The CoolPix 8800 may look like a pretty similar successor to the 8MP 8700 model, but the styling similarities are deceptive because this is quite a different camera.
The first thing you notice is that it's altogether larger than the 8700. It's still a comparatively compact camera for an 8-megapixel model, especially one with a zooming range as long as this one, but the increased zooming range (10x versus 8x) and the vibration reduction system add to the camera's overall depth.
The lens offers a focal range equivalent to 35-350mm, and the VR image stabiliser system enables you, Nikon says, to shoot at shutter speeds up to 3x slower than normal. This will be a big advantage for the longer-range telephoto shots this camera is capable of, where the effects of any camera shake are magnified considerably.
These specifications would appear to make the Nikon perfect for action and sports photography, but it's not quite that simple, alas. No doubt because of the sheer size of the 8-megapixel files and the processing power they require, the Nikon can only shoot at 1.2fps at full resolution, or 2.3fps with the display blacked out.
There are other problems. Higher resolutions mean smaller pixels, which means lower signal-to-noise ratios. The result is that the Nikon, like other high-resolution compacts, suffers from increased noise levels even at what today we'd consider modest ISO ratings. At ISO 50 or ISO 100, the 8800's images are super-smooth. At ISO 200 or ISO 400, however, noise levels are becoming obtrusive and image definition is reduced.
You'll be glad of the 8800's vibration reduction system, then, because it will enable you to shoot at lower shutter speeds and, as a result, lower ISO ratings. But then the maximum aperture of the lens drops to f5.2 at its longest zoom setting.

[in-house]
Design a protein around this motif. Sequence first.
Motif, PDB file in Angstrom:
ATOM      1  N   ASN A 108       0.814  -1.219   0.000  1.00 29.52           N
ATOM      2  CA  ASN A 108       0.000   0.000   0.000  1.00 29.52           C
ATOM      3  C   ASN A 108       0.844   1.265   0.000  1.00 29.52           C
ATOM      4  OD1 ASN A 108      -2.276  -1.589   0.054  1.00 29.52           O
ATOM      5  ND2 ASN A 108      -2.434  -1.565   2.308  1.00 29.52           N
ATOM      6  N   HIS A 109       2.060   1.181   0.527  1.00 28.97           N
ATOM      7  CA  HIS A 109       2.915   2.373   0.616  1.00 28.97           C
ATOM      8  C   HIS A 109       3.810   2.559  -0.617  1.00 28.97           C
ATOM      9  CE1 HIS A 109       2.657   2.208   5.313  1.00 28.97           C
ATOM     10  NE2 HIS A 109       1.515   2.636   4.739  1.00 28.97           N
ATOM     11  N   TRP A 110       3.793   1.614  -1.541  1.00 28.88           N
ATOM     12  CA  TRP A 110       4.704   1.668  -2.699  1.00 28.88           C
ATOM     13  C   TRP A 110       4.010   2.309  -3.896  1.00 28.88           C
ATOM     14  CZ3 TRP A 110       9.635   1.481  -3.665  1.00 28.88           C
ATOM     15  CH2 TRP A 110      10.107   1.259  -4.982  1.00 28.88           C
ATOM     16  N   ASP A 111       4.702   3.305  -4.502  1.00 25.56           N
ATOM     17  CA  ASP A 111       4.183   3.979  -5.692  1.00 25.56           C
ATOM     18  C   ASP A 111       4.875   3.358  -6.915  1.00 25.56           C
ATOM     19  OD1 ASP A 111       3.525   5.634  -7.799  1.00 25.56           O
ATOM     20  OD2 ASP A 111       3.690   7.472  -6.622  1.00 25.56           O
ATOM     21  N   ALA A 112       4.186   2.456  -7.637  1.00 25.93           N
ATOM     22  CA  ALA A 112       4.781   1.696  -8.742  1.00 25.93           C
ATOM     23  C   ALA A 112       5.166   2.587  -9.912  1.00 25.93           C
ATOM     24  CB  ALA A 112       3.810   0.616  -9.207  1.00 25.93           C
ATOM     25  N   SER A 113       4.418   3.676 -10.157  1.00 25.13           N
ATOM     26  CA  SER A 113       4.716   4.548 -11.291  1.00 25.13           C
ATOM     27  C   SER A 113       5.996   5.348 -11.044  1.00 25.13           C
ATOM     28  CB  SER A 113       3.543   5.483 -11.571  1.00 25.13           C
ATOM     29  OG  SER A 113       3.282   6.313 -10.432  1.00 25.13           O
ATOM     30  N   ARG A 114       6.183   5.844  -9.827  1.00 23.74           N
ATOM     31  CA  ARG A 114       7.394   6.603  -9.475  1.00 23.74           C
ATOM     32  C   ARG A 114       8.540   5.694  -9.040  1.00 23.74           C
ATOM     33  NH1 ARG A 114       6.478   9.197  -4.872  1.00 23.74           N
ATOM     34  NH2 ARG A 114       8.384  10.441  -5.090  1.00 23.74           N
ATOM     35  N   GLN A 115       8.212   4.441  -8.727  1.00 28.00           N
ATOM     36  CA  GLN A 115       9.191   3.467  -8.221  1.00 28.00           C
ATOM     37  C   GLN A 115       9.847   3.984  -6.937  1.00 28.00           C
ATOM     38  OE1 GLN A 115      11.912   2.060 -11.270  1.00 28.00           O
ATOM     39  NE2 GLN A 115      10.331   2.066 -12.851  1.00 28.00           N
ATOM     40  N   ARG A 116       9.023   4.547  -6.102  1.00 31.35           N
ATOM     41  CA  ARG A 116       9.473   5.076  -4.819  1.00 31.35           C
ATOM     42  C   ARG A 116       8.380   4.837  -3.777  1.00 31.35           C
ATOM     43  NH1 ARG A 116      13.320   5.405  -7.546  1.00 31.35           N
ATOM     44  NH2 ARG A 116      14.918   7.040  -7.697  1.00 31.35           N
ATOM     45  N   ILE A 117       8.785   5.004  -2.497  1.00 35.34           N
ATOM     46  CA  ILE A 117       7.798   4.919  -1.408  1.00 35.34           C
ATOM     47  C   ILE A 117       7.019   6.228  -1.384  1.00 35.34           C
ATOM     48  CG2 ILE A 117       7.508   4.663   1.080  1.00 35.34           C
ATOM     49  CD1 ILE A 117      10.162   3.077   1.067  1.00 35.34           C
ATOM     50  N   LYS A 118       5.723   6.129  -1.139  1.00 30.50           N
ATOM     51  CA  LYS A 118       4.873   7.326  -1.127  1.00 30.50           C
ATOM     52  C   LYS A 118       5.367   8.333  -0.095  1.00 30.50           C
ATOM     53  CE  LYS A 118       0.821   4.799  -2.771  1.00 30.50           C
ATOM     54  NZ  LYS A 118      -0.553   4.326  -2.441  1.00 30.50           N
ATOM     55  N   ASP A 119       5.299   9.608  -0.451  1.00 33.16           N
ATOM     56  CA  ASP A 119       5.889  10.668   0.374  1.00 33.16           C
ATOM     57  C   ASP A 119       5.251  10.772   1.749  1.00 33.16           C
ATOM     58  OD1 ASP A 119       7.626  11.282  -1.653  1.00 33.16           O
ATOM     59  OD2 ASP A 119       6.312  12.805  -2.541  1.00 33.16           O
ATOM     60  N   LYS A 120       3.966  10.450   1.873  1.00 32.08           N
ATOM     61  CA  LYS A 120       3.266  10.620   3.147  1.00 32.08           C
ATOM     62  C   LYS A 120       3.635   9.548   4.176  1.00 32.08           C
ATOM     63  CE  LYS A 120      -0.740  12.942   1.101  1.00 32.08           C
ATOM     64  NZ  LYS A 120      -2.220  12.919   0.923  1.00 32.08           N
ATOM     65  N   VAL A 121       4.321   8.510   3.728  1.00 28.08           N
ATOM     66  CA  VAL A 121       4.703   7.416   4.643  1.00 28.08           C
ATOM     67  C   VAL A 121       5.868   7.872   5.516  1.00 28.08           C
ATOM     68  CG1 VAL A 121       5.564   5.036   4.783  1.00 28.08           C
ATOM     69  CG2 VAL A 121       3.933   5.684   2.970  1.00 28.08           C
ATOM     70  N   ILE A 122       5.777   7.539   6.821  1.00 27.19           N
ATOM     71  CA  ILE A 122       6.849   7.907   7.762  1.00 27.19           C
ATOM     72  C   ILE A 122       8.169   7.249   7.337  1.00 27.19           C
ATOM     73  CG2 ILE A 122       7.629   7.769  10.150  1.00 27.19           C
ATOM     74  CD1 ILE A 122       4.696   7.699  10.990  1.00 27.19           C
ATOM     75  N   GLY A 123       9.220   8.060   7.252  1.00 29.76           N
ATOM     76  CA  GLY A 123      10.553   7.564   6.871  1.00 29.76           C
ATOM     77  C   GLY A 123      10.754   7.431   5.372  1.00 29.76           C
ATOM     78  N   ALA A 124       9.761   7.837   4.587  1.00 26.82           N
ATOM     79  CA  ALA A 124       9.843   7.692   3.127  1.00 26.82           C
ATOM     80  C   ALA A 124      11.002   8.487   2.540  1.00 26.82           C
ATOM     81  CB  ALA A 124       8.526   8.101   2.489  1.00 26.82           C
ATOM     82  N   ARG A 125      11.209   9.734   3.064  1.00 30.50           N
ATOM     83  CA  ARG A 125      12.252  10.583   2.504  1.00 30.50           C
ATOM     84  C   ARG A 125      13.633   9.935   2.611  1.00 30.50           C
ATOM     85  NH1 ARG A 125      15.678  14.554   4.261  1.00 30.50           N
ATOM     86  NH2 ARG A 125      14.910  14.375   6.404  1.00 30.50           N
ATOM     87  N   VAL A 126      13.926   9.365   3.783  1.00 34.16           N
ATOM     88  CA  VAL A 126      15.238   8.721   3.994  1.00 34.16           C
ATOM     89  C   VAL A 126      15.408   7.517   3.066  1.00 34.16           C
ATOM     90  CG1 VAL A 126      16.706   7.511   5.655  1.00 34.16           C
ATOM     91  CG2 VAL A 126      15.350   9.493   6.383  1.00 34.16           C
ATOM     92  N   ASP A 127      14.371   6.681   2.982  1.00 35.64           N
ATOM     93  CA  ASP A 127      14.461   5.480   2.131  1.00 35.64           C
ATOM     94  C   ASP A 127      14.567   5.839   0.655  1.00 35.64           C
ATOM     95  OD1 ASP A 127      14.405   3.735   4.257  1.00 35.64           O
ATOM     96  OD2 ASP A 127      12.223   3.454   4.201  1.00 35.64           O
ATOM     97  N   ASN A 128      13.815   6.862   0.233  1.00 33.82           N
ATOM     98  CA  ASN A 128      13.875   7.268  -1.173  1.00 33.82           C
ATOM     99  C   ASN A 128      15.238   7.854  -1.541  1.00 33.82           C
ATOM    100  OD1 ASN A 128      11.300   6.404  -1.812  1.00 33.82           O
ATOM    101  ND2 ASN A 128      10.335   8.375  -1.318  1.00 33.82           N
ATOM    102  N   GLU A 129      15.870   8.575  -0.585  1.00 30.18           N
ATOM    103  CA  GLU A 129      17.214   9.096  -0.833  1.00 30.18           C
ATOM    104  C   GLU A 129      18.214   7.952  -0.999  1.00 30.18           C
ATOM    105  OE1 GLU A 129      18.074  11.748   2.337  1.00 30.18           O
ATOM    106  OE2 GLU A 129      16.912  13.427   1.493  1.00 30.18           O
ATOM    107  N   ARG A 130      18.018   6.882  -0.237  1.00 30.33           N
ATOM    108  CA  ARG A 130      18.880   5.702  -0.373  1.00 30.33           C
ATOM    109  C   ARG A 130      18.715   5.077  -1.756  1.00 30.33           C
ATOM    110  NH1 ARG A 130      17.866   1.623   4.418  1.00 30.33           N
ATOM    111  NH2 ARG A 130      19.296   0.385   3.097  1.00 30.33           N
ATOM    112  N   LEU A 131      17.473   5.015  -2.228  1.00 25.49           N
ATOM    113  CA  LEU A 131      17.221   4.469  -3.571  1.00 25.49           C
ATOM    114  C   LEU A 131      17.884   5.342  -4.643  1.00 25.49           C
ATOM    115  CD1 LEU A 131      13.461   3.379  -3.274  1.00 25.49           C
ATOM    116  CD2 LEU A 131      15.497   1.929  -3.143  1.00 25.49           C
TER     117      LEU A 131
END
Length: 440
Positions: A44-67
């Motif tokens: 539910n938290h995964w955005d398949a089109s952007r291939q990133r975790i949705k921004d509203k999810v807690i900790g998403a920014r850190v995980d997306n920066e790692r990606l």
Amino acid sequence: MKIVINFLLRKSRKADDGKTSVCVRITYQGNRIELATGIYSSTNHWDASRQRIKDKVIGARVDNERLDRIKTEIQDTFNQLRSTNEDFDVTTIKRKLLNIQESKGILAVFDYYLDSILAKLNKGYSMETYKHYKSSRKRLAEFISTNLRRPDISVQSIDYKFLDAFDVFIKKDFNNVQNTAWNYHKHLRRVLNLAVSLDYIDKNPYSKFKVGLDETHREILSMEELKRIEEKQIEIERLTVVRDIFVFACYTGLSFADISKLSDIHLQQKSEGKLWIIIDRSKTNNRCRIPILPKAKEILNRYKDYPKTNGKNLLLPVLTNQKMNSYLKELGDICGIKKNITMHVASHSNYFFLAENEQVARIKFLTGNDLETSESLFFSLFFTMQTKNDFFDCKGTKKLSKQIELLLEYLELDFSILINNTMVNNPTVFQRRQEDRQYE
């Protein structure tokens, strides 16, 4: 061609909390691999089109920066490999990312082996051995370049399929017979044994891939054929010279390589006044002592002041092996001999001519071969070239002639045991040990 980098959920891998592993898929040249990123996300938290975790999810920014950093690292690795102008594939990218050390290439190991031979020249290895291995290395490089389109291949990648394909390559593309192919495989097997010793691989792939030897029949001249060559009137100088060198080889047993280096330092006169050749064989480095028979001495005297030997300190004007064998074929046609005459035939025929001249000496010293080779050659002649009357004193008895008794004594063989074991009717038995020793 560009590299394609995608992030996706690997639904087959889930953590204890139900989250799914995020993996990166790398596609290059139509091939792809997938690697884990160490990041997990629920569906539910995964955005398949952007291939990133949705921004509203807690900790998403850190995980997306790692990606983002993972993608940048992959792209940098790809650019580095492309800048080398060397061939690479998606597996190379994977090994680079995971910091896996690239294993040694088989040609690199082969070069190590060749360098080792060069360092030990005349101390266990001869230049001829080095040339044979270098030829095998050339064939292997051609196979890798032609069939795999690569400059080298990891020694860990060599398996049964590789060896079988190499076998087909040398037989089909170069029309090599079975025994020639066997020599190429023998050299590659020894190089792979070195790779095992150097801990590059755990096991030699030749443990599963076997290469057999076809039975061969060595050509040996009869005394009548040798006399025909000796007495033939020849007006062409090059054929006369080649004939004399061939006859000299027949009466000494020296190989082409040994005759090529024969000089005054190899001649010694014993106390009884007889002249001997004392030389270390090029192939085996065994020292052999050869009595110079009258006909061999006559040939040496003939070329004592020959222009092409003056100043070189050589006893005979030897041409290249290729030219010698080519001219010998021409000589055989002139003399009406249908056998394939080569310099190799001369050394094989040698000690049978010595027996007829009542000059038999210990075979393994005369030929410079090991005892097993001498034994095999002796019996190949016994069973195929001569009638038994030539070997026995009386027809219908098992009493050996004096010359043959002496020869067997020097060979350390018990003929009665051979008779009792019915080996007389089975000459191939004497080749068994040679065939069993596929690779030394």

This dampens the 8800's appeal somewhat. It'll be good for long-range wildlife shots, but action photography isn't its forte. Indeed, the camera's responses overall are on the leisurely side. A three-second start-up time, average AF speeds and unhurried zooming mean that it's more likely to suit photographers who've got time to consider and compose their shots rather than those who like to shoot from the hip.
There's no shortage of photographic control for those people who need it. A full set of PASM exposure modes can be accessed from the main mode dial, and there's also a selection of scene modes to keep snapshotters happy. A control wheel on the back of the camera helps you adjust shooting settings quickly, though a second wheel would have been useful for manual mode - as it is, you have to press the Func button on the top of the camera to swap control from lens aperture to shutter speed.
Unusually, the CoolPix's mode dial also has settings for white balance, ISO and image size/ quality. This makes these settings much easier to get to, which is welcome since white balance and ISO especially are two options you often want to change.
This means you'll need the main menu system less often, though this too has benefited from a creative design rethink. By default, pressing the menu button displays a singlescreen 'My Menu' screen with specially-selected menu options - you can choose what these are via the camera's Setup menu.
To access the full menu system, you have to scroll right to the bottom and activate that option. It seems fussy and confusing at first, but makes a lot of ergonomic sense later on.
As we said at the start, the 8800 is bigger than the 8700, but it's still not big in absolute terms. This camera falls into that awkward territory occupied by so many compacts where it's not quite small enough to be fitted in a pocket, and not big enough for easy handling.
The image quality is quite superb, and about the best you'll see from any of the 8MP models on the market. Detail rendition is excellent, but so is the colour fidelity, saturation and contrast. There's slight fringing round highlights and high-contrast detail near the edge of the frame, but it's less prominent here than in most non-SLR models and you have to look for it to find it.
The CoolPix 8800 is a very impressive long-range zoom model, and it's flexible and photographically powerful, too. But it needs to be quicker at processing images (saving RAW files takes several seconds, during which time the camera is unusable) and to have a better continuous-shooting speed to realise its full potential. Rod Lawton